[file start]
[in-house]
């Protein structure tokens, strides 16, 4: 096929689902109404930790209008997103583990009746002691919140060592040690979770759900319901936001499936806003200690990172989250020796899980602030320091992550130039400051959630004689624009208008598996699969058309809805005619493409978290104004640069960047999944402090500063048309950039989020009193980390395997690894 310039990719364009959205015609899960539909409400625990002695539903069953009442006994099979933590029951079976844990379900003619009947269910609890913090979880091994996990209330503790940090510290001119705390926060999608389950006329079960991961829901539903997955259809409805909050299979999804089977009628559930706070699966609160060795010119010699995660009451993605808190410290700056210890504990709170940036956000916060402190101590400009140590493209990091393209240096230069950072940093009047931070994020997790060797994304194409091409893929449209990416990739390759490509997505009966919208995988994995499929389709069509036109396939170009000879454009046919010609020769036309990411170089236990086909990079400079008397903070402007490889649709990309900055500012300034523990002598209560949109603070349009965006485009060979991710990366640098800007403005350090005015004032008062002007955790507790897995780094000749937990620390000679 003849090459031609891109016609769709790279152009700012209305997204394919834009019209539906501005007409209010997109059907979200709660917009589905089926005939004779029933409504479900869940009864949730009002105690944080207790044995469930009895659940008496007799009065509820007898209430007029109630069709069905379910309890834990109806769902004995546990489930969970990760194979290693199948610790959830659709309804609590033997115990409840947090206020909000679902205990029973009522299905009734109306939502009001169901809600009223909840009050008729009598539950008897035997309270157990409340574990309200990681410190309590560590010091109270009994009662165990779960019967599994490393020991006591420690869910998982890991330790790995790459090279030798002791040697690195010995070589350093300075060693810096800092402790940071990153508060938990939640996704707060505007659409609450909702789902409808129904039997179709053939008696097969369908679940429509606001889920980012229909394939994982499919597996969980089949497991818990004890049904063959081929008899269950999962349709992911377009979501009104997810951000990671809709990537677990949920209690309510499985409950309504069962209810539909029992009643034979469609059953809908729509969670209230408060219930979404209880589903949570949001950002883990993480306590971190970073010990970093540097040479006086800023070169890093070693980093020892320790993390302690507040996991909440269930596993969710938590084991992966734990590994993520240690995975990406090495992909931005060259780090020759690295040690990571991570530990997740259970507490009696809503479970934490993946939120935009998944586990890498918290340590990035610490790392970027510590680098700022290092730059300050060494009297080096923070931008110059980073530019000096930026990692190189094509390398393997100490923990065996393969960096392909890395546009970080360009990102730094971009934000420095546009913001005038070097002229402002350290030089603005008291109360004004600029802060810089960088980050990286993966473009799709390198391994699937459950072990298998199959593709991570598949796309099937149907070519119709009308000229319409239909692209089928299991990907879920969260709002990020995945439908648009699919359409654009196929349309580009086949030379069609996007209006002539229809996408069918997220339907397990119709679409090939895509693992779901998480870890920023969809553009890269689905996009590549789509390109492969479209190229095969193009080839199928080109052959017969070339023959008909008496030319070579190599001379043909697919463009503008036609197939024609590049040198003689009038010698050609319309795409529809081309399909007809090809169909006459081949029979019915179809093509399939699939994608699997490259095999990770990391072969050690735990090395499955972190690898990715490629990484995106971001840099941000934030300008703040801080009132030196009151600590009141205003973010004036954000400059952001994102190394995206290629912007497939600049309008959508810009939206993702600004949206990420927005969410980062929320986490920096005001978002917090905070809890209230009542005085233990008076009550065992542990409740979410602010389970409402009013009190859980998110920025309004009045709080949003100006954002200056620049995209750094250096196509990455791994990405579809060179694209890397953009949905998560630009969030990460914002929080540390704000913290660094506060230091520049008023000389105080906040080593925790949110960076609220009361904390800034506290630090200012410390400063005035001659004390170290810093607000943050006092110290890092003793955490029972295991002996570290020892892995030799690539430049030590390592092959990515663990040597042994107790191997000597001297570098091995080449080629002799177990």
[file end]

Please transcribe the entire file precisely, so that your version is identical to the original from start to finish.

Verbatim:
[in-house]
């Protein structure tokens, strides 16, 4: 096929689902109404930790209008997103583990009746002691919140060592040690979770759900319901936001499936806003200690990172989250020796899980602030320091992550130039400051959630004689624009208008598996699969058309809805005619493409978290104004640069960047999944402090500063048309950039989020009193980390395997690894 310039990719364009959205015609899960539909409400625990002695539903069953009442006994099979933590029951079976844990379900003619009947269910609890913090979880091994996990209330503790940090510290001119705390926060999608389950006329079960991961829901539903997955259809409805909050299979999804089977009628559930706070699966609160060795010119010699995660009451993605808190410290700056210890504990709170940036956000916060402190101590400009140590493209990091393209240096230069950072940093009047931070994020997790060797994304194409091409893929449209990416990739390759490509997505009966919208995988994995499929389709069509036109396939170009000879454009046919010609020769036309990411170089236990086909990079400079008397903070402007490889649709990309900055500012300034523990002598209560949109603070349009965006485009060979991710990366640098800007403005350090005015004032008062002007955790507790897995780094000749937990620390000679 003849090459031609891109016609769709790279152009700012209305997204394919834009019209539906501005007409209010997109059907979200709660917009589905089926005939004779029933409504479900869940009864949730009002105690944080207790044995469930009895659940008496007799009065509820007898209430007029109630069709069905379910309890834990109806769902004995546990489930969970990760194979290693199948610790959830659709309804609590033997115990409840947090206020909000679902205990029973009522299905009734109306939502009001169901809600009223909840009050008729009598539950008897035997309270157990409340574990309200990681410190309590560590010091109270009994009662165990779960019967599994490393020991006591420690869910998982890991330790790995790459090279030798002791040697690195010995070589350093300075060693810096800092402790940071990153508060938990939640996704707060505007659409609450909702789902409808129904039997179709053939008696097969369908679940429509606001889920980012229909394939994982499919597996969980089949497991818990004890049904063959081929008899269950999962349709992911377009979501009104997810951000990671809709990537677990949920209690309510499985409950309504069962209810539909029992009643034979469609059953809908729509969670209230408060219930979404209880589903949570949001950002883990993480306590971190970073010990970093540097040479006086800023070169890093070693980093020892320790993390302690507040996991909440269930596993969710938590084991992966734990590994993520240690995975990406090495992909931005060259780090020759690295040690990571991570530990997740259970507490009696809503479970934490993946939120935009998944586990890498918290340590990035610490790392970027510590680098700022290092730059300050060494009297080096923070931008110059980073530019000096930026990692190189094509390398393997100490923990065996393969960096392909890395546009970080360009990102730094971009934000420095546009913001005038070097002229402002350290030089603005008291109360004004600029802060810089960088980050990286993966473009799709390198391994699937459950072990298998199959593709991570598949796309099937149907070519119709009308000229319409239909692209089928299991990907879920969260709002990020995945439908648009699919359409654009196929349309580009086949030379069609996007209006002539229809996408069918997220339907397990119709679409090939895509693992779901998480870890920023969809553009890269689905996009590549789509390109492969479209190229095969193009080839199928080109052959017969070339023959008909008496030319070579190599001379043909697919463009503008036609197939024609590049040198003689009038010698050609319309795409529809081309399909007809090809169909006459081949029979019915179809093509399939699939994608699997490259095999990770990391072969050690735990090395499955972190690898990715490629990484995106971001840099941000934030300008703040801080009132030196009151600590009141205003973010004036954000400059952001994102190394995206290629912007497939600049309008959508810009939206993702600004949206990420927005969410980062929320986490920096005001978002917090905070809890209230009542005085233990008076009550065992542990409740979410602010389970409402009013009190859980998110920025309004009045709080949003100006954002200056620049995209750094250096196509990455791994990405579809060179694209890397953009949905998560630009969030990460914002929080540390704000913290660094506060230091520049008023000389105080906040080593925790949110960076609220009361904390800034506290630090200012410390400063005035001659004390170290810093607000943050006092110290890092003793955490029972295991002996570290020892892995030799690539430049030590390592092959990515663990040597042994107790191997000597001297570098091995080449080629002799177990």